Within 36 hours of the Goa declaration, which seemed to suggest that the party was looking beyond Advani, he brought the whole parivar down on its knees begging his reconsideration
Ajay Singh | June 11, 2013
There have been many attempts in the past to write the political obituary of BJP patriarch LK Advani. But, much to the chagrin of political analysts, each time he bounces back. At the age of 85, when he registered his protest by boycotting the Goa national executive and resigning from key party posts when that proved to be insufficient, it appeared like he might have finally signed the warrant for his own political execution.
But within 36 hours of the Goa declaration, which seemed to suggest that the party was looking beyond Advani, he brought the whole parivar down on its knees begging his reconsideration. Not only was he was persuaded and cajoled to give up his sulk but got an assurance from BJP chief Rajnath Singh via the good offices of RSS chief Mohan Bhagwat that his concerns about the party functioning would be duly addressed.
Advani agreed to abide by the decision of the party’s national executive which endorsed Gujarat chief minister Narendra Modi’s elevation as the chairman of the party’s campaign committee for the Lok Sabha election 2014. Perhaps those who thought that Advani would go to the extreme of disassociating himself with the BJP on the issue are disappointed by the perceived volte-face of the veteran leader. They seemed to have misread Advani’s resistance as revolt by an ambitious old man whose hunger for power is insatiable.
Perhaps Advani’s antics should be seen in the context of the uneasy equilibrium that exists in the Sangh Parivar. There is little doubt that in the last few years he was being marginalised within the BJP and his advice for caution was being ignored as the random rantings of an irrelevant old man. The BJP executive was in fact the culmination of this marginalisation when the old fox struck hard by keeping himself away from Modi’s coronation and resigning from the posts of the BJP. Interestingly he retained his position as head of the parliamentary party and working chairman of the NDA. This gave him leverage to operate in the political domain de-linking himself from the party apparatus.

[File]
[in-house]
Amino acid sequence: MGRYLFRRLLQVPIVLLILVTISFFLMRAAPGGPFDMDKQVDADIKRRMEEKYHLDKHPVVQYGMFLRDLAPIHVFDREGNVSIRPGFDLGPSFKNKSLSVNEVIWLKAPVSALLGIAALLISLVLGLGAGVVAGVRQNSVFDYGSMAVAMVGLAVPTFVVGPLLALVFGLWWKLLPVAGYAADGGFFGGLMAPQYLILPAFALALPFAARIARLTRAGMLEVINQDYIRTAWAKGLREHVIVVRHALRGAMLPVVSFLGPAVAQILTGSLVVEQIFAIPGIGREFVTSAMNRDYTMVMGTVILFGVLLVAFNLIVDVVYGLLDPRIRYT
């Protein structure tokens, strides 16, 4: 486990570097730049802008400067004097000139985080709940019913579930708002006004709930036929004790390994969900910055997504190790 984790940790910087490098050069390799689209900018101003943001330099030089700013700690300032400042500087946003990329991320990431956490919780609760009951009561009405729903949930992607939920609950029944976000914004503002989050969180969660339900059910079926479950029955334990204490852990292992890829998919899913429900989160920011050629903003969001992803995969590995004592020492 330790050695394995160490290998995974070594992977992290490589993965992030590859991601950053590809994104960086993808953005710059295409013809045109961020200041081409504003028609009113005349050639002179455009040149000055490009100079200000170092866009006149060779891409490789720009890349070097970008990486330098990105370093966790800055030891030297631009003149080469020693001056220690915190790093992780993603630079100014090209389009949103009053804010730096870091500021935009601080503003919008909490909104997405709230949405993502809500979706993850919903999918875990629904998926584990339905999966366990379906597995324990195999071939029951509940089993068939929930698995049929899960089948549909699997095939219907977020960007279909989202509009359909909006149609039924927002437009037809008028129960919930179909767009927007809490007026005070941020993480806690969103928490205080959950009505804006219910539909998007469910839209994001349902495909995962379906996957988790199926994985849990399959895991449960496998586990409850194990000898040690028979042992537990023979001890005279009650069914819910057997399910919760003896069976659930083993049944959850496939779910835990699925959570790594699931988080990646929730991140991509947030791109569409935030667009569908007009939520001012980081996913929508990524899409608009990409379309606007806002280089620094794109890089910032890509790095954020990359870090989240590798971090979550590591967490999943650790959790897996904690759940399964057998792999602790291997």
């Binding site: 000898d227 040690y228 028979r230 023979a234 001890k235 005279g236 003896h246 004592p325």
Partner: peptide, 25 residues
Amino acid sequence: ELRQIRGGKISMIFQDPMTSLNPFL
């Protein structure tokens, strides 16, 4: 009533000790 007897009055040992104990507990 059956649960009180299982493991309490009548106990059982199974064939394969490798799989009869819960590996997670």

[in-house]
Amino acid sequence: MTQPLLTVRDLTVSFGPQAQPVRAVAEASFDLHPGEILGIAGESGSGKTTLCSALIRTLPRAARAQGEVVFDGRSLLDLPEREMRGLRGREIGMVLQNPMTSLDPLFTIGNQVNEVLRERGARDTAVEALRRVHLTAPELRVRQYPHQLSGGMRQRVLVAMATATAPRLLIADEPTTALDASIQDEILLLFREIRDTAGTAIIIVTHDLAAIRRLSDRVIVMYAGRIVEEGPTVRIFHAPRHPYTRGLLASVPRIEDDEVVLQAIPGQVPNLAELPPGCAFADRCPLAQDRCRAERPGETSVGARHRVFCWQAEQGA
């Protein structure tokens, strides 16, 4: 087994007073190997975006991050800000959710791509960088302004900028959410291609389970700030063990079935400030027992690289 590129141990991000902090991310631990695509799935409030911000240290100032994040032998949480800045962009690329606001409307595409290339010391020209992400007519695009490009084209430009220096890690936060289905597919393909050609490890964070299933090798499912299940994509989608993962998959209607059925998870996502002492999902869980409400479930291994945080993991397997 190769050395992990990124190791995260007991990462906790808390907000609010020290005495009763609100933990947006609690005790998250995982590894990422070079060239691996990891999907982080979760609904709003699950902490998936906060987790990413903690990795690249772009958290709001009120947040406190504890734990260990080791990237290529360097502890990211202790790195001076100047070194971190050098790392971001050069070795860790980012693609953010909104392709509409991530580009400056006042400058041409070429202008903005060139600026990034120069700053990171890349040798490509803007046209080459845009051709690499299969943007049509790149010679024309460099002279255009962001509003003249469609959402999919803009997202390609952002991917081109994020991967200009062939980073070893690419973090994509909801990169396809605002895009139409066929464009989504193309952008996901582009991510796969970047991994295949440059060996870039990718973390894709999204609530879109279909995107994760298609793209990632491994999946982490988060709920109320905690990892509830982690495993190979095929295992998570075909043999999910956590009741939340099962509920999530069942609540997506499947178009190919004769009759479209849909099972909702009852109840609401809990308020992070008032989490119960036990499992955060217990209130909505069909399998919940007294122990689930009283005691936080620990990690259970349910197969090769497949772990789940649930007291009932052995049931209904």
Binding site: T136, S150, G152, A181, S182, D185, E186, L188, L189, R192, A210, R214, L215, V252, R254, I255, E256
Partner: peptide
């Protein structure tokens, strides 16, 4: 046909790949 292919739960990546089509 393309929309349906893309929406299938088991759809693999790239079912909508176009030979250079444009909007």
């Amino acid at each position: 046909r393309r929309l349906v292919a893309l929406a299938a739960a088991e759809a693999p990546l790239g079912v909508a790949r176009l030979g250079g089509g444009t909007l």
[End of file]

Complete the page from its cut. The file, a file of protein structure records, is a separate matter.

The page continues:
Clearly Advani’s calculated target was the party leadership. He carefully avoided bringing himself in confrontation with Modi within the party and the Sangh Parivar, though the media painted it as Advani versus Modi. At the same time, he was careful not to find himself on the wrong side of the RSS leadership, particularly Mohan Bhagwat, and kept himself within the RSS code of discipline. This was the precise reason why Bhagwat personally called him up and requested him to withdraw his resignation. Sources in the BJP say that Bhagwat’s intervention on the issue was influenced by former BJP chief Nitin Gadkari whose cause Advani had taken up of late. By all indications, the veteran leader refused to be outfoxed by the younger generation which initially seemed determined to push him into oblivion. Walking silently into the sunshine is obviously not Advani’s style.
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